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Hoffmann, R. A wiki for the life sciences where authorship matters. Nature Genetics (2008)

Selenophosphate as a substrate for mammalian selenocysteine synthase, its stability and toxicity.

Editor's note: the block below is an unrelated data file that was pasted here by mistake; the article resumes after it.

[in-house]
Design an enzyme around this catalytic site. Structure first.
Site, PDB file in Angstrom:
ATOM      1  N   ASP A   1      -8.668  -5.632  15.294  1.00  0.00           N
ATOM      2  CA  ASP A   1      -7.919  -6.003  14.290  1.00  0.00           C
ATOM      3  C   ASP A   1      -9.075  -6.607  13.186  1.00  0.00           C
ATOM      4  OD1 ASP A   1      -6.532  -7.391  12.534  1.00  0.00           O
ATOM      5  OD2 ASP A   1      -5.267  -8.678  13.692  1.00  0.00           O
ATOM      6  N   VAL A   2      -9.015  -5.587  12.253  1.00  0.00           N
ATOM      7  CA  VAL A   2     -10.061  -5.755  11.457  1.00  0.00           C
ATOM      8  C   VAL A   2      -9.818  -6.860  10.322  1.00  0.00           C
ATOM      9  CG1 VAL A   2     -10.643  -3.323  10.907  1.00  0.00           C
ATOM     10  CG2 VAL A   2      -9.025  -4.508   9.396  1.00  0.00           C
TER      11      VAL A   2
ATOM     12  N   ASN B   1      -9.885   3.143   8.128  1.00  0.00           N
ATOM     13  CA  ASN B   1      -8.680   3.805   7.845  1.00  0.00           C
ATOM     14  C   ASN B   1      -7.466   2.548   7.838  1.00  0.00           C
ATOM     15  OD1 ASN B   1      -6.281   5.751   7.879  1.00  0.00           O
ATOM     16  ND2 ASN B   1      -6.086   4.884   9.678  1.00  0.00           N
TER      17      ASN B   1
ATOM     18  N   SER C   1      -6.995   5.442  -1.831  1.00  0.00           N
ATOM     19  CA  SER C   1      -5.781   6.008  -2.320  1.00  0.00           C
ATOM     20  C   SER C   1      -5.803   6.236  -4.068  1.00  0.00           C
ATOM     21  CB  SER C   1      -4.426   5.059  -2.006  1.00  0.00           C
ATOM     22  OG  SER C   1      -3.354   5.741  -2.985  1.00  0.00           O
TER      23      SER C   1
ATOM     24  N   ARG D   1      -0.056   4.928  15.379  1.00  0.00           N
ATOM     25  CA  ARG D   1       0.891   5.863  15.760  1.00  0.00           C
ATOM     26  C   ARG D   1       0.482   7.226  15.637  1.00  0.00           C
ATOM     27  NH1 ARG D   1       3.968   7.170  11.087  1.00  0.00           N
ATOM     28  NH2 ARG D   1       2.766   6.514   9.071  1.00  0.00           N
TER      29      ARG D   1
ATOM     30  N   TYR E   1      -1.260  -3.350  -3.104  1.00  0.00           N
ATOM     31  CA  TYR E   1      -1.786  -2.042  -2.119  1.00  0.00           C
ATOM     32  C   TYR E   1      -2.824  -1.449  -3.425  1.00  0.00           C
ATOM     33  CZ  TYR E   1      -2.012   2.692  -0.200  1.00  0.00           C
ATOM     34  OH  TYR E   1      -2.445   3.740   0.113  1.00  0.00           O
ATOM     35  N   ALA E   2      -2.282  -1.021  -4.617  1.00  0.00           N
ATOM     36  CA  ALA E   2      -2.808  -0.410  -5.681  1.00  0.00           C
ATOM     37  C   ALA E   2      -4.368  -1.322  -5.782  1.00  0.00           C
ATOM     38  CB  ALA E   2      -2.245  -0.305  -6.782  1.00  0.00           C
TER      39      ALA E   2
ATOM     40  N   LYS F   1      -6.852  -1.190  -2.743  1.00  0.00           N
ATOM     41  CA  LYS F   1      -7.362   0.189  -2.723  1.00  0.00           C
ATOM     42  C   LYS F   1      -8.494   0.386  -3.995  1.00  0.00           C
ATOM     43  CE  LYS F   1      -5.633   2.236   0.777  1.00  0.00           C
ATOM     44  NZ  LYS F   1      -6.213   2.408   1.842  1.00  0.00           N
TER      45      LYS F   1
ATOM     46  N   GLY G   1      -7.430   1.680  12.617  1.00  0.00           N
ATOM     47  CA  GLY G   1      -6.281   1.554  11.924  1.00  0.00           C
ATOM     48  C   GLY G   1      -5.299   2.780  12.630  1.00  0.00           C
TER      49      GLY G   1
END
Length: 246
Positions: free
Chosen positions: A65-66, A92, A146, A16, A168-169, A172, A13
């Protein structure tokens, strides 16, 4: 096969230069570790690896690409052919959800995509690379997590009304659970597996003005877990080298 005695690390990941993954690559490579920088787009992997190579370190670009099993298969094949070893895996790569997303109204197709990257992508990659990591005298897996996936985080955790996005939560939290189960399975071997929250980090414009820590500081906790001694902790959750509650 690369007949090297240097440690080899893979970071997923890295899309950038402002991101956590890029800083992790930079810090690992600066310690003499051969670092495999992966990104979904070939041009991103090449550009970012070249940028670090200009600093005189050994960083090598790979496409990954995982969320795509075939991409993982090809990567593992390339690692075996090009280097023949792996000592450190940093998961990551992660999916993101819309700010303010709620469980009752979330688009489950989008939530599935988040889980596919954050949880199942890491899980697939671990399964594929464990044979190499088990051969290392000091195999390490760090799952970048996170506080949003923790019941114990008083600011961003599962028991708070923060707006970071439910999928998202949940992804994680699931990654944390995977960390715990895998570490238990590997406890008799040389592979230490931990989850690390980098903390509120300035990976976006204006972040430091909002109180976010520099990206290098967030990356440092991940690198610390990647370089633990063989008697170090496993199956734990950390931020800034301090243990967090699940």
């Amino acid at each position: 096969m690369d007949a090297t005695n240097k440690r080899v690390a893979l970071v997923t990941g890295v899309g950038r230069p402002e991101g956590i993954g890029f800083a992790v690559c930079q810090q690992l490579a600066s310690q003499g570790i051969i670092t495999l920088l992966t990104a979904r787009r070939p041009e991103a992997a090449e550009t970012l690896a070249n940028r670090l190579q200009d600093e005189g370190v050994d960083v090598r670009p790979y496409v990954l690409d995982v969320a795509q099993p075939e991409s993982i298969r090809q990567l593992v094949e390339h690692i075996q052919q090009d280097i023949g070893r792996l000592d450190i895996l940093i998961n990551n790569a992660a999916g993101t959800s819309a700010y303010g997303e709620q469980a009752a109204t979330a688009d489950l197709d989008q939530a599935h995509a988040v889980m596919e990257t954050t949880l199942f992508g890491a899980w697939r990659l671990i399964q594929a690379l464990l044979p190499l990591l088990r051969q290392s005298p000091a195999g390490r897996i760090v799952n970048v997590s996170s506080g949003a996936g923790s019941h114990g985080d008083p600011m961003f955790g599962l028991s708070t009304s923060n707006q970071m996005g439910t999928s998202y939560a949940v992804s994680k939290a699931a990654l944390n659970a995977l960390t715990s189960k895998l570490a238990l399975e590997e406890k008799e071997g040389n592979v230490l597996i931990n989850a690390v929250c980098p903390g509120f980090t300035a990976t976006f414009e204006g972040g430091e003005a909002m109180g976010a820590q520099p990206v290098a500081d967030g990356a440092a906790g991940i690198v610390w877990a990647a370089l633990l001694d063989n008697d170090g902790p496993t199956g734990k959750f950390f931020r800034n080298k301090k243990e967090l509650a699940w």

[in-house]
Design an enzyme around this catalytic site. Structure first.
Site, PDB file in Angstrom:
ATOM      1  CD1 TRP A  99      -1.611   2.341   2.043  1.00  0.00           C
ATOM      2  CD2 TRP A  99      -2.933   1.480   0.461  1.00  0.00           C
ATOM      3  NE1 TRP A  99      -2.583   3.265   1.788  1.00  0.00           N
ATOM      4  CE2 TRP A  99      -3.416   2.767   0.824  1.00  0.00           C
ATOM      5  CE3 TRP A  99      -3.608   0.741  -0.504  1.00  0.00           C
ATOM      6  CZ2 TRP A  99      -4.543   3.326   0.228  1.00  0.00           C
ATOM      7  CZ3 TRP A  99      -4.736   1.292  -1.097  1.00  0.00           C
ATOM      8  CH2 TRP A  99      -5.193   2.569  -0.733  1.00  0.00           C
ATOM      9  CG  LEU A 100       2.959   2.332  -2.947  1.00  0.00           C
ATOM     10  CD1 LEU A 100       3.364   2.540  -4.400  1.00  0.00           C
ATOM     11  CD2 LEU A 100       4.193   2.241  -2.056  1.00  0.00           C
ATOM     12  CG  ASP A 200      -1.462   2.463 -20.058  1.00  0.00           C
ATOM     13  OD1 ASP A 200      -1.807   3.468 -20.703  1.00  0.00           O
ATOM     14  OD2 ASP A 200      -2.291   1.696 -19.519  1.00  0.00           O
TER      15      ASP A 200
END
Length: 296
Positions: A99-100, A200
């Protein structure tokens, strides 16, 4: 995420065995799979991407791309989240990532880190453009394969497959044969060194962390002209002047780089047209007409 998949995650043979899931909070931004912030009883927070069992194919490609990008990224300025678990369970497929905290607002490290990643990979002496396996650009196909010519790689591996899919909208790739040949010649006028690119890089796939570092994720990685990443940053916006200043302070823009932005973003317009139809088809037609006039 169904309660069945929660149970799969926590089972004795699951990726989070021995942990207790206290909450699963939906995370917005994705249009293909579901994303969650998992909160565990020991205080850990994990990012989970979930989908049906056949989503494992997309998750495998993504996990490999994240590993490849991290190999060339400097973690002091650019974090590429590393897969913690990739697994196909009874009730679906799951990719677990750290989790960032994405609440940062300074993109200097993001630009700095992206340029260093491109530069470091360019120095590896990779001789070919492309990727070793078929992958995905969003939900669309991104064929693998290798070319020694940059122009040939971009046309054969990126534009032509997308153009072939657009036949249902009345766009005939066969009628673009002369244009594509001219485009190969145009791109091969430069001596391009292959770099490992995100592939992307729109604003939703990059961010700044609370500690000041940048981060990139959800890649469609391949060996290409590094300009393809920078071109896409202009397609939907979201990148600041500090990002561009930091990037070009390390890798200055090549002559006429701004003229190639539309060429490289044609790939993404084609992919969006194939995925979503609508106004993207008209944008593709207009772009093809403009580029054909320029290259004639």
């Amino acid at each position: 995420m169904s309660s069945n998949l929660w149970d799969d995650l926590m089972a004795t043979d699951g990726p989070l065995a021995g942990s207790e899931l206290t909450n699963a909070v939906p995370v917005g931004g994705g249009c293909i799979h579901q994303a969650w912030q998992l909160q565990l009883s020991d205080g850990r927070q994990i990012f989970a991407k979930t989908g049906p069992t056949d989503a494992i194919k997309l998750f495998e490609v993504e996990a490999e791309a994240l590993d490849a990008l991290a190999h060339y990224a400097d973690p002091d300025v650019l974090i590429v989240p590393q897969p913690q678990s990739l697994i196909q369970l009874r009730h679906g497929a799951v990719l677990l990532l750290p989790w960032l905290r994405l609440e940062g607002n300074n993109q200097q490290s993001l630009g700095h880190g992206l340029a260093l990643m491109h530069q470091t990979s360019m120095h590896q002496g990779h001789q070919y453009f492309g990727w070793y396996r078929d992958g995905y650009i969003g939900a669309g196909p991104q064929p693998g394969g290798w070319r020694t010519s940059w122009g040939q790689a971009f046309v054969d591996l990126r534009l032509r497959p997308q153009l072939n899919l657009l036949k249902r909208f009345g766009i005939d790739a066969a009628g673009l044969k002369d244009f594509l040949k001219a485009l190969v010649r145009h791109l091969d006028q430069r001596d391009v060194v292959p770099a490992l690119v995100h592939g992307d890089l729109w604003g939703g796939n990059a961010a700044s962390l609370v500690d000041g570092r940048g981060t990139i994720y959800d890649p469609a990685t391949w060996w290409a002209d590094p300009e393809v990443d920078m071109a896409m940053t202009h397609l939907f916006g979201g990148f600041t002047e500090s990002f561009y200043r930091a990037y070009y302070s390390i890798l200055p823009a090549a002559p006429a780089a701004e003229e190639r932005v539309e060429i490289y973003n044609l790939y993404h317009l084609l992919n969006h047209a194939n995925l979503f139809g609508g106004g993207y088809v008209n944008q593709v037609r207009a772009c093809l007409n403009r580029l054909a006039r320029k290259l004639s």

The mechanism of selenocysteine synthesis on tRNASec in mammals was previously studied by means of HSe- as a Se donor to synthesize selenocysteine. It has been recently established that HSe- in E. coli is activated by ATP to become selenophosphate (SeP). In this study, we provide evidence that [75Se]selenocysteine is produced by bovine selenocysteine synthase from Ser-tRNASec and [75Se]Sep, synthesized from elemental 75Se and Tris(trimethylsilyl)phosphite. We also studied the stability of SeP by NMR measurement. SeP was stable during storage under nitrogen at -80 degrees C for 3 months in 0.2 M Hepes buffer at pH 6. 8. However, SeP decomposed at 0 degree C in air (half life 32 hrs) or at 22 degrees C under nitrogen (half life 30 hrs) at pH 6. 8. The half lives of SeP at -19 degrees C in air and at 0 degree C under nitrogen at pH 6.8 were 740 and 840 hrs, respectively. At pH 4 under nitrogen at 22 degrees C, the half life was 240 hrs. The half life was only 9.2 hrs at pH 9 under nitrogen at 0 degree C. Thus, SeP was proved to be stable at low temperature, under acidic and anaerobic conditions, but labile under neutral and alkaline conditions. The LD50 of SeP administered i.p. to mice was 37.5 mg/kg body weight.[1]


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